Georgia Tech inventors have developed an interactive tool that provides the estimated probability of a potential transplant recipient surviving certain time periods based on their transplant options. Survival probabilities are determined for three cases: receiving an IRD organ immediately, receiving a non-IRD organ immediately, or waiting and receiving a non-IRD organ sometime in the future. Hence, the tool can be used to help a patient decide whether to accept an immediate organ offer or wait for another organ in the future. The tool can be used both when the immediate organ offer is IRD or non-IRD. This tool uses machine learning survival probability models to create a custom report based on the characteristics of the potential recipient and donor. Unlike previous technologies, this tool has the ability to calculate survival probabilities for kidney, liver, heart, and lung transplants.
- Simple – easy-to-use interface for entering patient and donor characteristics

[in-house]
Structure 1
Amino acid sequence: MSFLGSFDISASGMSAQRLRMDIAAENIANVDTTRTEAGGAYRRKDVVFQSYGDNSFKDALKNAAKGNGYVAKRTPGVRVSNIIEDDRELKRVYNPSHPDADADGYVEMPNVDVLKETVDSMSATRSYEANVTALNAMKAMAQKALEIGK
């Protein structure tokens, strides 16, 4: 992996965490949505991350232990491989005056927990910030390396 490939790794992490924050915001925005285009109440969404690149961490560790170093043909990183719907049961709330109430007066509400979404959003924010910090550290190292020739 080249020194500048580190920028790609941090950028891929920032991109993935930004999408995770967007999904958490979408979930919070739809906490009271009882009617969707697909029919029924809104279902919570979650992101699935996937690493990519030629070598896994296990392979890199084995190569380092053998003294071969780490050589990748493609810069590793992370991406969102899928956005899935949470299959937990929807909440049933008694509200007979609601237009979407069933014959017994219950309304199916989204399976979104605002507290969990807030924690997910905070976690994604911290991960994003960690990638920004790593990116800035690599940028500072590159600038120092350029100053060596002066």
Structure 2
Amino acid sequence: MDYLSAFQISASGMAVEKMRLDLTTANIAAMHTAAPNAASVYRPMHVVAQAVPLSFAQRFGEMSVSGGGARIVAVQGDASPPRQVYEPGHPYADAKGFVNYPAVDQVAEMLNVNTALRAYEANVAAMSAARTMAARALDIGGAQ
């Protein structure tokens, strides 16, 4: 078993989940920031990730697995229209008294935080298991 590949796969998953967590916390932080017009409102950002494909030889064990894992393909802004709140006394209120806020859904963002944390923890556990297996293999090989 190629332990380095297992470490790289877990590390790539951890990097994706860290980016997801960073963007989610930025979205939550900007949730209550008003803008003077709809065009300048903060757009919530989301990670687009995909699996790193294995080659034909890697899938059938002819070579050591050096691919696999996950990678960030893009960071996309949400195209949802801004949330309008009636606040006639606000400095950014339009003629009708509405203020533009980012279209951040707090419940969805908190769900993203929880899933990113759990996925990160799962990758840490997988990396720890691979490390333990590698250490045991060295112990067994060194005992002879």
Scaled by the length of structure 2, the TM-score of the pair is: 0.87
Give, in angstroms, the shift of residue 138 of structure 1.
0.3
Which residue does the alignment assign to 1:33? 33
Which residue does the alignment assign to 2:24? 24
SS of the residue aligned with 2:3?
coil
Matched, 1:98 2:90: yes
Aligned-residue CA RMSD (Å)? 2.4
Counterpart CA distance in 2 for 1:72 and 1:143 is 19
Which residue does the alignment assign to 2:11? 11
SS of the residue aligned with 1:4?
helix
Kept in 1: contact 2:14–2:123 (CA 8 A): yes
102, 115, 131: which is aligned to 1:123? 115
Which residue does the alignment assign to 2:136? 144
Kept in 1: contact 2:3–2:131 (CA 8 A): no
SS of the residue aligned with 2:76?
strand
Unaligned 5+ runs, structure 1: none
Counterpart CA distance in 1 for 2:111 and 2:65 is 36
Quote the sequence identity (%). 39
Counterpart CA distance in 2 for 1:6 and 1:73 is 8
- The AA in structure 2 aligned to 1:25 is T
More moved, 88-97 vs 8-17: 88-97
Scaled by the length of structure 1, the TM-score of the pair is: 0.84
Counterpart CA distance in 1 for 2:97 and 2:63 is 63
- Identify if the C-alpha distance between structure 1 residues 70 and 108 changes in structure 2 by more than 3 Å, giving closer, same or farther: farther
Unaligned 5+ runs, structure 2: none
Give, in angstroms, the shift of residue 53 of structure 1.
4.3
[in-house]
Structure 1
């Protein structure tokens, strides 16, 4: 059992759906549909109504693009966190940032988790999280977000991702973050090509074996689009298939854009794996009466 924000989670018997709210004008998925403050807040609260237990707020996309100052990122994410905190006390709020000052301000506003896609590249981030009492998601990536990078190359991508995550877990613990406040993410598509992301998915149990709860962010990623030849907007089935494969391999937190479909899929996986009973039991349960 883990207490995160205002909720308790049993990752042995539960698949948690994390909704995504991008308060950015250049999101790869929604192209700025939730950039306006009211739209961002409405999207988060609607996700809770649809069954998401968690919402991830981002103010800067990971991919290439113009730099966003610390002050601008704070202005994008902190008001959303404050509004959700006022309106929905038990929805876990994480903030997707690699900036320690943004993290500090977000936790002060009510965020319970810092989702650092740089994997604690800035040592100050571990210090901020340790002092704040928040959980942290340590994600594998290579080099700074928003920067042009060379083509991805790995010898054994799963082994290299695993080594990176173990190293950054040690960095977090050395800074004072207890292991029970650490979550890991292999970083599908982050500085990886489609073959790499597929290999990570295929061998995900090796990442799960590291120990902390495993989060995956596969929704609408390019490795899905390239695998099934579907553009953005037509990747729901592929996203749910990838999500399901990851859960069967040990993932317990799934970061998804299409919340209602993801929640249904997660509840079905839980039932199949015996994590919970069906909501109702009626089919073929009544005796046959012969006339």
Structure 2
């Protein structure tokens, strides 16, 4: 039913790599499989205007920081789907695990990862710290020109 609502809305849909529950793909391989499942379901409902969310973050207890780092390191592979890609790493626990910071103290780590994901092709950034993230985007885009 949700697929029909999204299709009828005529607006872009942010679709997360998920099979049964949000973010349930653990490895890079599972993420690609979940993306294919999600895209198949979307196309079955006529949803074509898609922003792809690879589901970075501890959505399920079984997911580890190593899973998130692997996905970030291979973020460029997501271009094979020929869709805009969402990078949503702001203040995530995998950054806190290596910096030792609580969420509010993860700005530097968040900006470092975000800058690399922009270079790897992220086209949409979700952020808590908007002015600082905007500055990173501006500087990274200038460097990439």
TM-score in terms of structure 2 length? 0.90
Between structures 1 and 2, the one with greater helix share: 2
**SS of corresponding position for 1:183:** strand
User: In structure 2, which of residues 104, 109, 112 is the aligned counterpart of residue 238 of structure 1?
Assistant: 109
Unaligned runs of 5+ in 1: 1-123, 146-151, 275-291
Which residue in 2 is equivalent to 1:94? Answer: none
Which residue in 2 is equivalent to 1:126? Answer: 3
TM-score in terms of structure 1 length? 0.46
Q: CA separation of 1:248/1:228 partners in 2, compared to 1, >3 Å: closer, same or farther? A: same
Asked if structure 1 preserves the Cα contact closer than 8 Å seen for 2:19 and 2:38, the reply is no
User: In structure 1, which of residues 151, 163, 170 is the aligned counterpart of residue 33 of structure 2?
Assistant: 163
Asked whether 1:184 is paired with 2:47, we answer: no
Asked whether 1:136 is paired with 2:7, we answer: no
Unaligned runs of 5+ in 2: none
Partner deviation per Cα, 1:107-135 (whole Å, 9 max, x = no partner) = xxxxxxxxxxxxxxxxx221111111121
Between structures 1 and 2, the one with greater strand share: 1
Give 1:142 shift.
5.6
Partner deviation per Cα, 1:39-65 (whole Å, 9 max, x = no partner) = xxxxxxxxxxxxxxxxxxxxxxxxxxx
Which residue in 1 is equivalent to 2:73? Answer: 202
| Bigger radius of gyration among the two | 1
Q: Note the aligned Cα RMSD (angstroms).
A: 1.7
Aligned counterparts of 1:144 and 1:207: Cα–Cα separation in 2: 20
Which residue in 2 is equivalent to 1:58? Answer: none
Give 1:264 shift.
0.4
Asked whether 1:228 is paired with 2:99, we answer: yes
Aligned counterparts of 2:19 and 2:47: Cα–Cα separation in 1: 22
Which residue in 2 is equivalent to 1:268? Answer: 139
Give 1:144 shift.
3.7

- Flexible – separate survival models use different variables which enhance the performance of each model
- Multifaceted – calculates survival probabilities for multiple organs where current technologies only determine survival probability for kidneys
- Research labs
- Organ transplant operations
Every year, thousands of patients die on the organ transplant waiting list. Yet, many organs are discarded and are never used for transplant; in 2009 19.2% of viable donor kidneys intended for transplant were discarded. The discard rates are even higher for infectious risk donor (IRD) organs, that is, potential donor organs that are at an increased risk for specific infections. Recent studies have shown that the risk of IRD organs is often substantially overestimated and that many of these organs can provide lifesaving transplants. A 2009 study showed that kidneys with the CDC's IRD label were one-third less likely to be used for transplantation than if they did not have the label. Further, a 2017 study showed that the IRD label results in non-utilization of hundreds of organs per year.